COMPAS Seminar Series, Thursdays, Michaelmas Term 2015.
Notions of wellbeing, quality of life and human development have increasingly gained prominence in the social sciences in the recognition that standard economic measures are unable to adequately capture many important dimensions of life. In migration studies, however, the concept of wellbeing has not been fully integrated. Focussing on a more holistic and comprehensive understanding of migrant personhood, this seminar series aims to explores the potential of the concept of wellbeing for migration studies. It looks at migrants’ individual wellbeing and interactions with societal wellbeing in a range of settings across the life course. Papers will explore the impacts of family migration histories, gender, changing immigration policies, migrant incorporation within state institutions and access to benefits and services on migrants’ and societal experiences of care and wellbeing. These will be explored within a diverse range of institutional settings and through different life experiences, including familial separation, end-of-life care and death. Across the range of papers, debate will consider how wellbeing is affected by receiving countries’ institutions and practices, different family structures and transnational communities from cradle to grave.
Conceptualizing the inter-generational transmission of human wellbeing from a gender and life course perspective: The case of Latin American migrant mothers and their daughters in London, UK
Katie Wright, University of East London
The literature on intergenerational transmission of poverty and inequality has tended to focus on material transfers whilst the role of non-material transfers has received less attention. This paper suggests that psychosocial transfers are also important as they may mediate or offset material transfers or deprivations. It is argued that a human wellbeing lens is potentially useful in extending work on psychosocial transfers as it examines what living well means over the life course and how it is constructed relationally. Specifically, this paper examines the inter-generational transmission of human wellbeing from a gender and life course perspective via the case of low-income Latin American migrant mothers and their daughters living in London, UK.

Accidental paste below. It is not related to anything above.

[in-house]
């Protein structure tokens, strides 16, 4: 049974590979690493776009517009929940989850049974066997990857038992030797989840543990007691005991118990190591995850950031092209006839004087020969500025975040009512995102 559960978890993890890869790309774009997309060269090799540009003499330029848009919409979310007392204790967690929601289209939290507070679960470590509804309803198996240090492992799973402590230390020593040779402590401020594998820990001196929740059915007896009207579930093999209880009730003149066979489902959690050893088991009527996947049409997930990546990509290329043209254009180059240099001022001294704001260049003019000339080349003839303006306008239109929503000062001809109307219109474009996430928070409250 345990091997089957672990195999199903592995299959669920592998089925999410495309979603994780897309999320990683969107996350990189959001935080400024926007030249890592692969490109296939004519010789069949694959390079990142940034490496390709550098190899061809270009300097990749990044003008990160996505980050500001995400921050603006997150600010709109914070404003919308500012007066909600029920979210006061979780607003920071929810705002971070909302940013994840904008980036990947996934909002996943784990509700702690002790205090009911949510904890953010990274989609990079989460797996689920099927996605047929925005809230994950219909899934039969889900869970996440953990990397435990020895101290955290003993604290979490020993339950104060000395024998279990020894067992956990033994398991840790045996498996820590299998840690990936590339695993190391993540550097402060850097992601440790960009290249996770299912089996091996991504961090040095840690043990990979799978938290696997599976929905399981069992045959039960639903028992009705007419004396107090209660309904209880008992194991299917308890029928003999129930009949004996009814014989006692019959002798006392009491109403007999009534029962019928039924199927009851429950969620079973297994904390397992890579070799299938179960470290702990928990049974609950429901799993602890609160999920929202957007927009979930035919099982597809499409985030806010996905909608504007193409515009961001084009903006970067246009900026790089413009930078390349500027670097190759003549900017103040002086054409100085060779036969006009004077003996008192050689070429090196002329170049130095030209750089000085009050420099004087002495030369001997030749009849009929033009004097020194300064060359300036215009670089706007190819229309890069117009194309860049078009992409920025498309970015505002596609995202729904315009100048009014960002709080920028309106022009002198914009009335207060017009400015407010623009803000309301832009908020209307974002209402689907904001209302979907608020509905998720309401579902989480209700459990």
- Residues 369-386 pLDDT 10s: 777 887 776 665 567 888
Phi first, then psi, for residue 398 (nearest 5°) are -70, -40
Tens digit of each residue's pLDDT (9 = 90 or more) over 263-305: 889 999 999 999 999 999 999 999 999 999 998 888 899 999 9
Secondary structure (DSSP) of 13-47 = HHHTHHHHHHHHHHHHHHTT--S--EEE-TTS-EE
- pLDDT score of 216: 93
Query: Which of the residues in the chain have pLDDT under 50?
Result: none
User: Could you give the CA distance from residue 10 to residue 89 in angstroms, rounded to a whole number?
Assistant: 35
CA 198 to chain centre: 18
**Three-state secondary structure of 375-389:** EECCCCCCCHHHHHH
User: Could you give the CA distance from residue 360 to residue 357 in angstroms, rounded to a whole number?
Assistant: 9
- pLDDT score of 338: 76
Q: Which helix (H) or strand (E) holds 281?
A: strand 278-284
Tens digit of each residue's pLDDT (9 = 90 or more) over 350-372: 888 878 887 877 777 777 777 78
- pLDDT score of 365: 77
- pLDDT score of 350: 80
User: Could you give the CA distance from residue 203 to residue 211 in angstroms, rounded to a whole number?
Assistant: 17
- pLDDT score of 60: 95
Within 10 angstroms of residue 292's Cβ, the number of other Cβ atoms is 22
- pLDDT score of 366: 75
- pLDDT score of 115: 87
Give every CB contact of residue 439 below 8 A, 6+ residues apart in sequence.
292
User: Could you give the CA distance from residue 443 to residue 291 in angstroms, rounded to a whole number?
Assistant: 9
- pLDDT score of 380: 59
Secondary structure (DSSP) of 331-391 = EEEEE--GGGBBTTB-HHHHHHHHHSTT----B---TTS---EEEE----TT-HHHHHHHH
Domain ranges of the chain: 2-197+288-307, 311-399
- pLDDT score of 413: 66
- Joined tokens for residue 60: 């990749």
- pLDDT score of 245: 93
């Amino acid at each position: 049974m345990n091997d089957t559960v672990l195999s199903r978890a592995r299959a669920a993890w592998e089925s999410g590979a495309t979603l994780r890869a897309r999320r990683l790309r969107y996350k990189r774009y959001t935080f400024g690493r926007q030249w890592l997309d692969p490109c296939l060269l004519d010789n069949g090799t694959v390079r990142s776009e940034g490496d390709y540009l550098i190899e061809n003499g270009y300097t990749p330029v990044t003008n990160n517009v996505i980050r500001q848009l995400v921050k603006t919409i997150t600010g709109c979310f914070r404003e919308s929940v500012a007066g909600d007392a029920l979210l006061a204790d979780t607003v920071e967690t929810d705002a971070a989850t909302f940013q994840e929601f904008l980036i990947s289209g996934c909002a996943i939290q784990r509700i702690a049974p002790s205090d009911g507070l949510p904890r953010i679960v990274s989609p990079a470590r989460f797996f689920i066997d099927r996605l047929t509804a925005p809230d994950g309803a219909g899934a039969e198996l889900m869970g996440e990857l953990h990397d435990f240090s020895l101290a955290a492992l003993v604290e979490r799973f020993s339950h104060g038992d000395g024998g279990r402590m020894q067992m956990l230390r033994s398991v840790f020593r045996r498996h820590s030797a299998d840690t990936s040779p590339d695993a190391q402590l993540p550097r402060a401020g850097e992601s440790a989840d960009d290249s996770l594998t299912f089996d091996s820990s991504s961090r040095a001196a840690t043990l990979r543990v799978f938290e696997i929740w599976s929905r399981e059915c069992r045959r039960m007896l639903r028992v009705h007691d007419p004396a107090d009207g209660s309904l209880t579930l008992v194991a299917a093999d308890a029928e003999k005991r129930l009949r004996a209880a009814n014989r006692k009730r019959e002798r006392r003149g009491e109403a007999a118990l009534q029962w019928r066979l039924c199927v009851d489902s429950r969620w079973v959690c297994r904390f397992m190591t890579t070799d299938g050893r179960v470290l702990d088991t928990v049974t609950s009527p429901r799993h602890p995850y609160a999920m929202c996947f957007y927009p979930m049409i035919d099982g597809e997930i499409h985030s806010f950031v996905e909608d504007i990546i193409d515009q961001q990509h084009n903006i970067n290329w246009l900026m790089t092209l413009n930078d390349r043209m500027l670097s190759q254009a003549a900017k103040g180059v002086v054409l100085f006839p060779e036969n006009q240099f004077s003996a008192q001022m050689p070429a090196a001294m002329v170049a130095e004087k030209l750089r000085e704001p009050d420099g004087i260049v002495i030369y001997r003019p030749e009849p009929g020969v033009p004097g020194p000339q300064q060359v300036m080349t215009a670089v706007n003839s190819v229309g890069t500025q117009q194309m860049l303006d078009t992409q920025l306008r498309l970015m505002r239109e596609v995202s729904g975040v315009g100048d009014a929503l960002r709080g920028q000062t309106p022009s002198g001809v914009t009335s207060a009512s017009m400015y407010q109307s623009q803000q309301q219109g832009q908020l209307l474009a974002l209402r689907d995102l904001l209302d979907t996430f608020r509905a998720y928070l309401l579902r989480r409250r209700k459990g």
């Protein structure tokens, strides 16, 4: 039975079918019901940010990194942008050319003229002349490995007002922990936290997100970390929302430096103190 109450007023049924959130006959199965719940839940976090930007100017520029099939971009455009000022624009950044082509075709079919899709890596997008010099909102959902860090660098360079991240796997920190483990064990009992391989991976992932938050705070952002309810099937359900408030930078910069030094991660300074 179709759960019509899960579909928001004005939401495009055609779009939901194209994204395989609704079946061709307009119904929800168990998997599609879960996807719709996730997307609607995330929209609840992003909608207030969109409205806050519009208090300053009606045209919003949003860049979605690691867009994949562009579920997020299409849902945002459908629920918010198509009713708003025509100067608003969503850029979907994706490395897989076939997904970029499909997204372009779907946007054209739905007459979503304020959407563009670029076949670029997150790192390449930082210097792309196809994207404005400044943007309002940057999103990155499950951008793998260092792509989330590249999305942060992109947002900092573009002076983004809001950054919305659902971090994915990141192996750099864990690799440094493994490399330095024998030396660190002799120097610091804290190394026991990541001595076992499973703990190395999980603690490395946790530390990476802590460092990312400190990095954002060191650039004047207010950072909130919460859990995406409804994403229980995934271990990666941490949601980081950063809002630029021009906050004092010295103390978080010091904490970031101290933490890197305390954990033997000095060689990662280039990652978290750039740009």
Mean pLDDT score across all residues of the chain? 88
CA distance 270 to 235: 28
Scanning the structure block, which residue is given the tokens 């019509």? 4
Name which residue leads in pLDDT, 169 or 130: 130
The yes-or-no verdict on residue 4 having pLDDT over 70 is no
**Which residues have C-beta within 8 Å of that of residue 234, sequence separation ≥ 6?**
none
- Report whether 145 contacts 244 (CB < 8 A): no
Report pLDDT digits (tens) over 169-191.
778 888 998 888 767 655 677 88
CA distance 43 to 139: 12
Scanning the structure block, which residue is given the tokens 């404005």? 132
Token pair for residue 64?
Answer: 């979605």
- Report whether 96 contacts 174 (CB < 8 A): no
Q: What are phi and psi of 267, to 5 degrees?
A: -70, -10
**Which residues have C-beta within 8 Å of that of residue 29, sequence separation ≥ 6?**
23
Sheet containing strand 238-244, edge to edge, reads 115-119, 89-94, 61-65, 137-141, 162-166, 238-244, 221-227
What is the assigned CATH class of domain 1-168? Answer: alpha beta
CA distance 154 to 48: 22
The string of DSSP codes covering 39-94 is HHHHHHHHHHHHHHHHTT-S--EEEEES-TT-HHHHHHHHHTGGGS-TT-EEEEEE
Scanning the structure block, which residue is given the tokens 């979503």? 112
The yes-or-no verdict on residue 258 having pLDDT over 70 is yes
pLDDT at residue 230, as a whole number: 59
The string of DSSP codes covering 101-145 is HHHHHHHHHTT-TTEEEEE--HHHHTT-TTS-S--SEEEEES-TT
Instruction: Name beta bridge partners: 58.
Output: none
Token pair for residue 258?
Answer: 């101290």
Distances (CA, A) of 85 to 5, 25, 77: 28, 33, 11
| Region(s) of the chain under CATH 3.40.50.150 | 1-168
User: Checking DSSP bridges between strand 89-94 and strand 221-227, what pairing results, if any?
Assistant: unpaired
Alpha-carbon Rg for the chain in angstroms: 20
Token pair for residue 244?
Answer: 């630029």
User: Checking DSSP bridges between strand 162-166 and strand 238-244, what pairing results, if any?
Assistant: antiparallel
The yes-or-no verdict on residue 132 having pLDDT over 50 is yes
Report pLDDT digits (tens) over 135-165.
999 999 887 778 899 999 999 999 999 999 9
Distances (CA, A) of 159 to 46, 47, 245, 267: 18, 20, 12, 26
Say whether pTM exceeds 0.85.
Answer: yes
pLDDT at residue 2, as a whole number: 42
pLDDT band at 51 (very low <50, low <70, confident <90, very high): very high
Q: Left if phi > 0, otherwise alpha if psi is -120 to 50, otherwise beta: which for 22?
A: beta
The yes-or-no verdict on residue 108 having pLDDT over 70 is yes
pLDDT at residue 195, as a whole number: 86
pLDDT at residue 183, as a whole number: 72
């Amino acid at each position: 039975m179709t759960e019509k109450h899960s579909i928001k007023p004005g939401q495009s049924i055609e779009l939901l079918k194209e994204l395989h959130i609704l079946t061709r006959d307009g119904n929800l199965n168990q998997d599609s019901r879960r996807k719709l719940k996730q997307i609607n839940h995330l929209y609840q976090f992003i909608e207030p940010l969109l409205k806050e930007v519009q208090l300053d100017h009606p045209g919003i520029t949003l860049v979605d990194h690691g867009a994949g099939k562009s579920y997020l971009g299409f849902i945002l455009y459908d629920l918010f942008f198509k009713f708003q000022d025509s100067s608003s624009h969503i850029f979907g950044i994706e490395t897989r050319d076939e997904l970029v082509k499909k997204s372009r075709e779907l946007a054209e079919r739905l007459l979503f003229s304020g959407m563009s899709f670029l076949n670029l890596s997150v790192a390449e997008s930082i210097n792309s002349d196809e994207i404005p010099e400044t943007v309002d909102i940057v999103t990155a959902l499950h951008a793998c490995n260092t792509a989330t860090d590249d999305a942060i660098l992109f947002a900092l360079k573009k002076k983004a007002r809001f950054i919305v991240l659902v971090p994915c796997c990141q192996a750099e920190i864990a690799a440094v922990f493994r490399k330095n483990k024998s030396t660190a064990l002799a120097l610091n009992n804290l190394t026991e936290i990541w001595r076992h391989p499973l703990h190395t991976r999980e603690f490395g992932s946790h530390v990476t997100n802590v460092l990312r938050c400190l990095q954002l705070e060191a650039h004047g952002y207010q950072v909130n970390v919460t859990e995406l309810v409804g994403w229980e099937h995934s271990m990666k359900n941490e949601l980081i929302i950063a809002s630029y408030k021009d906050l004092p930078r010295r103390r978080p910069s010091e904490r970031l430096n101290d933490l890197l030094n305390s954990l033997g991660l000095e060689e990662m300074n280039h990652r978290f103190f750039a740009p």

Intergenerational and inter-ethnic wellbeing of migrants: An analysis for the UK
Cinzia Rienzo, National Institute of Economic and Social Research (NIESR)
This paper uses a UK nationally representative data set to examine the extent to which family migration history helps explains inter-ethnic variations in subjective well-being. We confirm that there is significant variation in well-being across ethnic group and across migrant generations. On average, recent migrants appear to have higher levels of well-being. We also find that, while language difficulties are associated with lower well-being, retaining cultural links is important: living in areas where one’s own ethnic group is well represented and having friends from the same ethnic group is associated with a higher level of well-being. Individuals’ choice to retain cultural ties and identity may alleviate feelings of cultural distance and difficulties with integration.
Migration and the health trajectories of immigrants and host country nationals
Osea Giuntella, Blavatnik School of Government, University of Oxford
Despite a lower average socioeconomic status, recent immigrants in many advanced economies have better health outcomes than the incumbent residents in the hosting countries. Paradoxically, this initial health advantage erodes with time spent in the destination country, despite immigrants’ socio-economic assimilation. In the talk I will discuss the role of selection, acculturation, socio-economic and occupational characteristics in explaining immigrants’ health trajectories presenting evidence from some of my recent work on migration and health in the US, UK, and Germany. Furthermore, I will examine different mechanisms through which immigration can have effects on the health of incumbent residents. First, immigration has important effects on the allocation of tasks and job-related risks in the labor market. Second, immigration can have effects on healthy behaviors by affecting both the demand and the supply of healthy products and by increasing product variety and access to healthy options in disadvantaged neighborhoods.
Beyond the 'asylum-seeking market': Spaces of responsibility and moments of care within the privatisation of asylum accommodation
Jonathan Darling, University of Manchester